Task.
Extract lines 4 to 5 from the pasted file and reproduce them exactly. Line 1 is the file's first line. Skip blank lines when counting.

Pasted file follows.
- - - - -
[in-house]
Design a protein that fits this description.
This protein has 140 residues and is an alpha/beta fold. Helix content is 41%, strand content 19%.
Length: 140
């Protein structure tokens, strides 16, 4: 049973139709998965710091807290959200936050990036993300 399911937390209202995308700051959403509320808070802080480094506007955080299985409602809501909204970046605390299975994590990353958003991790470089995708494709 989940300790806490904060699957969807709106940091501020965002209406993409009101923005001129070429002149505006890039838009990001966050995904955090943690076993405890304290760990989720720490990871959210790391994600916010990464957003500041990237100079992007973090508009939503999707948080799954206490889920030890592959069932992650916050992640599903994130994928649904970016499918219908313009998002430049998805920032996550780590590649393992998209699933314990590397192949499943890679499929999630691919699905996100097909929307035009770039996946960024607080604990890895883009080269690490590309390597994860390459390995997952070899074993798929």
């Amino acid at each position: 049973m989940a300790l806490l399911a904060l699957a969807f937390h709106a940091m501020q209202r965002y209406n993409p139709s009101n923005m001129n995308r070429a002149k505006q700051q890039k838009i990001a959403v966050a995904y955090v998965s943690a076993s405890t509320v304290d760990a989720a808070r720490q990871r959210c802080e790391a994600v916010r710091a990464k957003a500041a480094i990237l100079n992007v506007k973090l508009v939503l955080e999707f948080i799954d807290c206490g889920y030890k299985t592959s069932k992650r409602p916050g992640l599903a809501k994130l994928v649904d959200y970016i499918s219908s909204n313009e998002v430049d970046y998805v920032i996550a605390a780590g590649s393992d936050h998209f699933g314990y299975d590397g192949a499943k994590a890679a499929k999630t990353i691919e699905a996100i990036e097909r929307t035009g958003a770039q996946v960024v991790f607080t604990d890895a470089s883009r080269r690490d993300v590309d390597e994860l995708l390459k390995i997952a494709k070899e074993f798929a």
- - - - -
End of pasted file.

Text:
Length: 140
């Protein structure tokens, strides 16, 4: 049973139709998965710091807290959200936050990036993300 399911937390209202995308700051959403509320808070802080480094506007955080299985409602809501909204970046605390299975994590990353958003991790470089995708494709 989940300790806490904060699957969807709106940091501020965002209406993409009101923005001129070429002149505006890039838009990001966050995904955090943690076993405890304290760990989720720490990871959210790391994600916010990464957003500041990237100079992007973090508009939503999707948080799954206490889920030890592959069932992650916050992640599903994130994928649904970016499918219908313009998002430049998805920032996550780590590649393992998209699933314990590397192949499943890679499929999630691919699905996100097909929307035009770039996946960024607080604990890895883009080269690490590309390597994860390459390995997952070899074993798929």